Temple Grandin Event

Last Wednesday I was lucky enough to hear the amazing Temple Grandin speak at the LA Public Library (through ALOUD) as part of her tour for her newest book, The Autistic Brain: Thinking Across the Spectrum. For those who aren't familiar with Grandin, she herself is autistic, nonverbal until she was three and then diagnosed when she was much older. Grandin had to deal with extensive bullying and the low expectations of others as child, motivating her to prove to the world that she was intelligent and able to achieve independence. Grandin is responsible for designing a system that allows cows a more calming experience on their way to being slaughtered, as well as many other advances in animal science. She holds a PhD and teaches in Colorado. 

One thing I loved about Grandin's talk was that there was no moderator- it was delivered more in the style of a lecture, complete with a PowerPoint presentation. She had a lot of great insights for educators, including the point that autistic students need to be pushed outside of their comfort zone and given skills that will help them get jobs. Teachers and parents should utilize the areas the children are most interested in, using them as a bridge into social interactions and skill development. She encouraged school to increase their hands-on classes and to help "normal" students (her words...) to better understand the needs of those with Asperger's and autism. She is concerned about the impact of STEM learning on some autistic students, though, since that isn't necessarily the way their brains are wired to learn.


Grandin also talked a great deal about her belief in the autism spectrum's wide range. She believes that exhibiting some traits can actually be positive- she used the "techies of the Silicon Valley" as examples, saying that their attention to detail, ability to problem solve, and perfectionism have resulted in great accomplishments. She compared the spectrum to a sound board- there are many different areas that can either be turned up or turned down. The problem becomes when the combination, or the amplitude, is just too much for a person and interferes with their quality of life. Grandin herself takes antidepressants in order to help curb anxiety, something she says has helped her enormously.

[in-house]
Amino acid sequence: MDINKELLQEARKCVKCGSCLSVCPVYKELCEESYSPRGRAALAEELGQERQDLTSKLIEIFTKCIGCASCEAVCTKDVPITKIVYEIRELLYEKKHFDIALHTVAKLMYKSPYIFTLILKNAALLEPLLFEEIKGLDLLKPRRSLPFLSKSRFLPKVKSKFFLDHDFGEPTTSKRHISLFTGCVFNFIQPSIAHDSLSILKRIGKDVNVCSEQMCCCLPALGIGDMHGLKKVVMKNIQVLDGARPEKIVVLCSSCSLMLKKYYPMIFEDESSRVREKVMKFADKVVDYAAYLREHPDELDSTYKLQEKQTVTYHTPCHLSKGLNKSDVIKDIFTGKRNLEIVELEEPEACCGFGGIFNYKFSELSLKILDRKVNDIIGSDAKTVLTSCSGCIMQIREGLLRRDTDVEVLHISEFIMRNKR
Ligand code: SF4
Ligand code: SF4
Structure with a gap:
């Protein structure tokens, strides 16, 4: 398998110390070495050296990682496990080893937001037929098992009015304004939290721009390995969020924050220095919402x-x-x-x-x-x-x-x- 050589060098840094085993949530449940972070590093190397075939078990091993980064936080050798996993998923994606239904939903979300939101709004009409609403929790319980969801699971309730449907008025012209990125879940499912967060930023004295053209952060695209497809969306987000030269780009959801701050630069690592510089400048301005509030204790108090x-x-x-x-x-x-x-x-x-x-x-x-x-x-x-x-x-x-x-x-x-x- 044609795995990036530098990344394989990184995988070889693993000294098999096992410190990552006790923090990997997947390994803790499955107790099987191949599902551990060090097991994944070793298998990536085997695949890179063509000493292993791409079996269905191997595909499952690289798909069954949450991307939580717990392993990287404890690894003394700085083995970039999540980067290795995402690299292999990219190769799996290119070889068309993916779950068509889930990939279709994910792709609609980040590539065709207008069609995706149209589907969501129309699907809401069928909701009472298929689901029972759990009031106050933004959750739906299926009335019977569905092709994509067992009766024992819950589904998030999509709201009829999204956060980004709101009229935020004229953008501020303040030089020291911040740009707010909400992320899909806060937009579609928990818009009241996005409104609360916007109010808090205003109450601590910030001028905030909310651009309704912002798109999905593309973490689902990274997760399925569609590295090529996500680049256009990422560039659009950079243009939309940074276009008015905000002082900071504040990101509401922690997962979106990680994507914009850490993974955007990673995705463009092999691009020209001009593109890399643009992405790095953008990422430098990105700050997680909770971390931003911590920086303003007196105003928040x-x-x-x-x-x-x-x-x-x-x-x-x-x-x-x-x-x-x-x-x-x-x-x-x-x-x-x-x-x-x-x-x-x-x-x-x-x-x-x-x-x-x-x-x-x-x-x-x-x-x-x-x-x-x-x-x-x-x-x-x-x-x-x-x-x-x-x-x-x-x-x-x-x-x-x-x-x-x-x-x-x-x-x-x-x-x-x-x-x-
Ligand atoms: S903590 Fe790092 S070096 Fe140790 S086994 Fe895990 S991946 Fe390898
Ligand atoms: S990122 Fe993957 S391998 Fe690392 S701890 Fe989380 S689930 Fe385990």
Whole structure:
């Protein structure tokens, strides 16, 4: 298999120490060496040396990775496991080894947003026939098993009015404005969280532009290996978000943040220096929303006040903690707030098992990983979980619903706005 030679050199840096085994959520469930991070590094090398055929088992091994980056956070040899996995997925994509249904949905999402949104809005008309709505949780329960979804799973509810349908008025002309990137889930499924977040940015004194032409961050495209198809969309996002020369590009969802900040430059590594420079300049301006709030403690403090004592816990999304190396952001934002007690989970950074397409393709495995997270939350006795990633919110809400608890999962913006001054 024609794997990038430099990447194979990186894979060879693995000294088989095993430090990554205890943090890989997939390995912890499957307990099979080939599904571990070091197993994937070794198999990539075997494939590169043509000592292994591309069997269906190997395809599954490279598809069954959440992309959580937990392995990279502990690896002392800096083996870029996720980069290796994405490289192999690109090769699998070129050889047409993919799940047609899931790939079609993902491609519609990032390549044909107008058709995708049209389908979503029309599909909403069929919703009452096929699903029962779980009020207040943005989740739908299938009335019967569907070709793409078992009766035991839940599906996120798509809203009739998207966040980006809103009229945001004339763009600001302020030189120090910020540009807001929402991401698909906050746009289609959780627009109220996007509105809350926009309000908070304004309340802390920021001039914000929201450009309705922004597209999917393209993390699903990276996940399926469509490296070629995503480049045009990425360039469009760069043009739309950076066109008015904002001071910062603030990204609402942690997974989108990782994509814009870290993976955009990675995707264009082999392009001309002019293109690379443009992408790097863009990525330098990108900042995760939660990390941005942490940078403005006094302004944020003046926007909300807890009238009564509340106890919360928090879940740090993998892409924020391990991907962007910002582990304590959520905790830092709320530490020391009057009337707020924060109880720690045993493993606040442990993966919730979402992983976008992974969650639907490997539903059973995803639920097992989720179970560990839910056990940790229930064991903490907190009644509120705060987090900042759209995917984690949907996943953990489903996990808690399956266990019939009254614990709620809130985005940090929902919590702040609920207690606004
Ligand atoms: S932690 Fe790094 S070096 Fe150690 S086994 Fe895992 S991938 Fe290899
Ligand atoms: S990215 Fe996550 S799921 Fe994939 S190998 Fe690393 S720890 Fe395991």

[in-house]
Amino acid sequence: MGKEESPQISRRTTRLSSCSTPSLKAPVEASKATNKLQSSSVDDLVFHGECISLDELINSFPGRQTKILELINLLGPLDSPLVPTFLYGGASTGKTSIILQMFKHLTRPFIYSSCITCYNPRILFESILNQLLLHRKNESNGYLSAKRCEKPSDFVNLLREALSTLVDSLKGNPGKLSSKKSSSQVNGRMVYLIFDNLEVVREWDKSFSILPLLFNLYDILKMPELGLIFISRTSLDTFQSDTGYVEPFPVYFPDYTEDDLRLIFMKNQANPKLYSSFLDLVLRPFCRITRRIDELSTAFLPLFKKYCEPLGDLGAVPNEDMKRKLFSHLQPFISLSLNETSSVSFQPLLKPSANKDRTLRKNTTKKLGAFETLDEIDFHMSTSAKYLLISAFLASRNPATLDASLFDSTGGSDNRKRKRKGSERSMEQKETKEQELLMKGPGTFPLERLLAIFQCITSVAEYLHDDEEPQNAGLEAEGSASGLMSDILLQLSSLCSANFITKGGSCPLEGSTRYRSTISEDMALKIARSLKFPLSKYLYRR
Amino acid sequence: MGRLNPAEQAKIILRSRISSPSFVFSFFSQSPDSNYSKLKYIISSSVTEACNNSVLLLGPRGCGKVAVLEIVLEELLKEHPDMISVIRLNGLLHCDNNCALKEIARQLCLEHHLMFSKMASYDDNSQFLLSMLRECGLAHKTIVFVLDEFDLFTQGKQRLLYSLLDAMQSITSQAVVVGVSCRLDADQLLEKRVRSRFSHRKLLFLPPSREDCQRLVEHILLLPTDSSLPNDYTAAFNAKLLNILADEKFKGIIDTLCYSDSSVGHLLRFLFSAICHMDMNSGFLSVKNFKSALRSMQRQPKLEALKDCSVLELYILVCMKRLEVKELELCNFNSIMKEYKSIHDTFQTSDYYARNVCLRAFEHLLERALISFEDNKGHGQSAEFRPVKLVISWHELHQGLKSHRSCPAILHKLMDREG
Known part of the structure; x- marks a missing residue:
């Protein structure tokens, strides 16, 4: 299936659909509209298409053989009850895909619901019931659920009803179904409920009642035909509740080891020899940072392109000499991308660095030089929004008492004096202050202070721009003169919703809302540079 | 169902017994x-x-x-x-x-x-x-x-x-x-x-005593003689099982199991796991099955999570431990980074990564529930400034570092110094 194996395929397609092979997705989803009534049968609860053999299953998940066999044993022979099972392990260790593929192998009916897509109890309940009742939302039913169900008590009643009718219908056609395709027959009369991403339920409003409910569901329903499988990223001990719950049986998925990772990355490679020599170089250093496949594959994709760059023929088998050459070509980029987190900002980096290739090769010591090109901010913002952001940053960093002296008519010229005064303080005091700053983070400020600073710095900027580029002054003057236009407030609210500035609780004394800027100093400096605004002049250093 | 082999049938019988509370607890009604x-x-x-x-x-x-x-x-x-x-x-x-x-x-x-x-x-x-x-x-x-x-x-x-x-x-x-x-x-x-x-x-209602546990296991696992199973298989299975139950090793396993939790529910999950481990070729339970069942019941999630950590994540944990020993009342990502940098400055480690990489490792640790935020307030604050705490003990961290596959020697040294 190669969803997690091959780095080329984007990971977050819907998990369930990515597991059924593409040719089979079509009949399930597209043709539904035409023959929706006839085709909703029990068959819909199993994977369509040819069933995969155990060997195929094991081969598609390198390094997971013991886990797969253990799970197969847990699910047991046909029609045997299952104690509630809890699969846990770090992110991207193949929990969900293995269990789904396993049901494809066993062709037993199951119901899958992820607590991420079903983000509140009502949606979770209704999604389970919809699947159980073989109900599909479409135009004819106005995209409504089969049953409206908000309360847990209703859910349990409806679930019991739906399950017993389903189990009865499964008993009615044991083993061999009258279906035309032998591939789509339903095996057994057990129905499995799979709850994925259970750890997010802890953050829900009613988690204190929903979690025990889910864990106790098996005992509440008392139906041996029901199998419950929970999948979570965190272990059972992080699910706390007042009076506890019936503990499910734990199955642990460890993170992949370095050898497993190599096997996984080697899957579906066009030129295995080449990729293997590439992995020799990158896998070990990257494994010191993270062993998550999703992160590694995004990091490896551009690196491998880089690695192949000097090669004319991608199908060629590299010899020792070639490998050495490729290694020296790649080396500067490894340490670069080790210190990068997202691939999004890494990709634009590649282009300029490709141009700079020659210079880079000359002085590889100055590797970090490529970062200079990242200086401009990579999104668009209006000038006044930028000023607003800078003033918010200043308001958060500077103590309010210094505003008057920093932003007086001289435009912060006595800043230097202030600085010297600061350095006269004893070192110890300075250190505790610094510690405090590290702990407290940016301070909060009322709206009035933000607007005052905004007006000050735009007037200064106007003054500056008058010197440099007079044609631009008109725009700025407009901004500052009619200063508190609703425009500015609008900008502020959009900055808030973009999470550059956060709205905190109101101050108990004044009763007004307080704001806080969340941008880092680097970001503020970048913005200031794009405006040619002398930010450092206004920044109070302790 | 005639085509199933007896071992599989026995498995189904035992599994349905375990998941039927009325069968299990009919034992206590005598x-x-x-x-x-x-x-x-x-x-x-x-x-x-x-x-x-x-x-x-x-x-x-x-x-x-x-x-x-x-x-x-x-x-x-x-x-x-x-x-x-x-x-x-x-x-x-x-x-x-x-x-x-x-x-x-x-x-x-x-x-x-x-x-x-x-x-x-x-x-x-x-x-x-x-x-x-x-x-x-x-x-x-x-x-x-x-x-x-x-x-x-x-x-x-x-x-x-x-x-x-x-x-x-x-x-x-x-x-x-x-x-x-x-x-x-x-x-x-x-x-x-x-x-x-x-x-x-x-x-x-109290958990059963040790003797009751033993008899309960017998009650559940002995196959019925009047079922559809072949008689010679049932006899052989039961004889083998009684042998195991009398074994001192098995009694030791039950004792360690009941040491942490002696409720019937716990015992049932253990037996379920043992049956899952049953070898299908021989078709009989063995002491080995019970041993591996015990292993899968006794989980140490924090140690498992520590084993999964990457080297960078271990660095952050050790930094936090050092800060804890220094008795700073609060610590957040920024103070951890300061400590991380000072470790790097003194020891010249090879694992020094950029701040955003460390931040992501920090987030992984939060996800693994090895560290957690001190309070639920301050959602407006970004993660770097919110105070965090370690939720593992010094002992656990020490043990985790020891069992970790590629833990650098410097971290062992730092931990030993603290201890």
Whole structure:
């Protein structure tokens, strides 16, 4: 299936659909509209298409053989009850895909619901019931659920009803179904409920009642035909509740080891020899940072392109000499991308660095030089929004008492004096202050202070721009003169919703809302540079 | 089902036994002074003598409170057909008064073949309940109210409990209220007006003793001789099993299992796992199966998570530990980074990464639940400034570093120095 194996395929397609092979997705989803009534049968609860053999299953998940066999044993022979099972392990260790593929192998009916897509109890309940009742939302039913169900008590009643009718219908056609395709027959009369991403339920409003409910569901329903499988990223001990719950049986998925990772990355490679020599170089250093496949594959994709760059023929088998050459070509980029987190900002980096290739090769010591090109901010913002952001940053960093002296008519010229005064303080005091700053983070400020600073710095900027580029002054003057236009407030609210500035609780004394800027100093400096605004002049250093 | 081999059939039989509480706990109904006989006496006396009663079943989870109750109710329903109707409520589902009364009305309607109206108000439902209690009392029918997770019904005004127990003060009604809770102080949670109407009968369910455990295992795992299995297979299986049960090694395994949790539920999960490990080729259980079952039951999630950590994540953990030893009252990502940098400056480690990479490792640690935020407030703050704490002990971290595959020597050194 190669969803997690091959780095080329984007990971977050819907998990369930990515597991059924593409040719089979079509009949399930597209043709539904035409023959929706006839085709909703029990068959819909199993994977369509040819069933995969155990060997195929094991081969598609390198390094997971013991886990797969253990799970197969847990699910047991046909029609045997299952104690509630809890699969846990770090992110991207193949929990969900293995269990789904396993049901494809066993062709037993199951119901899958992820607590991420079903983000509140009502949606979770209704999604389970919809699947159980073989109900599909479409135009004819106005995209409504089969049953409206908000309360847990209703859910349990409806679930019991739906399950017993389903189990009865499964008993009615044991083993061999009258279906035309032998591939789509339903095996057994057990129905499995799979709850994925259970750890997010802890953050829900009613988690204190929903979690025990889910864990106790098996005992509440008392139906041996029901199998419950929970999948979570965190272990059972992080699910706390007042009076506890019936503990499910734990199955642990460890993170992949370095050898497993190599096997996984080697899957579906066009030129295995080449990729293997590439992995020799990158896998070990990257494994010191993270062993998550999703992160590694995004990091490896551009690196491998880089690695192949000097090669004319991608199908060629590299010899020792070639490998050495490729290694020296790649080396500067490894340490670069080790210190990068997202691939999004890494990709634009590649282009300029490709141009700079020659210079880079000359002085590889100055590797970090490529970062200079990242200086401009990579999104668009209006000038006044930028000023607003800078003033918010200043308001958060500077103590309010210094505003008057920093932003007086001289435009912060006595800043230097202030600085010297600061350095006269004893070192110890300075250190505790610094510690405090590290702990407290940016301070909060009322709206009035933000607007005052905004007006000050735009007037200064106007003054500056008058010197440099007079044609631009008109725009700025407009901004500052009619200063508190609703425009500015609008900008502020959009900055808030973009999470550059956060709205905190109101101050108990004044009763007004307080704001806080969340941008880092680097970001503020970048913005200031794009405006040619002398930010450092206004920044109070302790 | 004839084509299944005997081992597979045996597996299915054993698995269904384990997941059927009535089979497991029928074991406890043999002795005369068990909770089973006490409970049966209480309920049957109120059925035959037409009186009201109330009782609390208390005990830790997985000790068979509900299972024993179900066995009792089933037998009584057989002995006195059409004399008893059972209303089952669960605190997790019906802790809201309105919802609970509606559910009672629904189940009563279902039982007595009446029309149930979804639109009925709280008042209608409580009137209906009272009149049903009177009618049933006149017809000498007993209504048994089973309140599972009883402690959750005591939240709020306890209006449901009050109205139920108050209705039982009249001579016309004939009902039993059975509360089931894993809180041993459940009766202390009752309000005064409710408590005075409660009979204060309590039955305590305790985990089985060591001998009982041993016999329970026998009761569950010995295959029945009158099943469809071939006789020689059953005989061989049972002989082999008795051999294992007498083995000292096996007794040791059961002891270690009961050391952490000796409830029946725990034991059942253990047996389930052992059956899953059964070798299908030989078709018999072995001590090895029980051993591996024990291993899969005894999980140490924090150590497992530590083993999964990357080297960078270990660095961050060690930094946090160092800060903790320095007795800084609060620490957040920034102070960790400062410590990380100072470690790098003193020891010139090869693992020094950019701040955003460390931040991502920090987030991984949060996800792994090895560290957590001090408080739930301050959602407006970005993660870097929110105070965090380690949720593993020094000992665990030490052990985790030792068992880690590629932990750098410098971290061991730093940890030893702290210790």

Grandin spoke a great deal about her specific experiences with autism, showing brain scans that were recently taken of her. She compared them to the scans of someone without autism and the results were astounding. She doesn't believe in a gene for autism, though, and says that diet and exercise can help control the condition. Grandin discussed the fact that she thinks through pictures and, up until recently, assumed that everyone with autism did as well. She thinks that people are either verbal, pattern, or visual thinkers and that schools need offer courses of study for all strengths. 

Grandin was insightful, humorous, and bluntly honest (some of her responses to audience questions were hilariously brutal). If you can ever manage to see her speak I highly recommend it. 


  1. I am going to see Temple Grandin speak next month in Philadelphia. I'm super excited. Have you seen the HBO movie about her?

  2. That sounds like a terrific talk. I would love to have heard it. I've seen a short piece on Granding on... PBS, I think it was. She is an amazing woman.

  3. Wow! What a cool opportunity. I read one of her other books and found it fascinating. I'd love to see her talk if I could.

  4. I love Temple Grandlin. She had a talk near where I live, but I happened to be out of town! I am determine to see her at some point. You should check out the movie about her (with Claire Danes). It is very good. Interestingly, the slaughter/cattle industry had more problems with her as a woman than because she was autistic.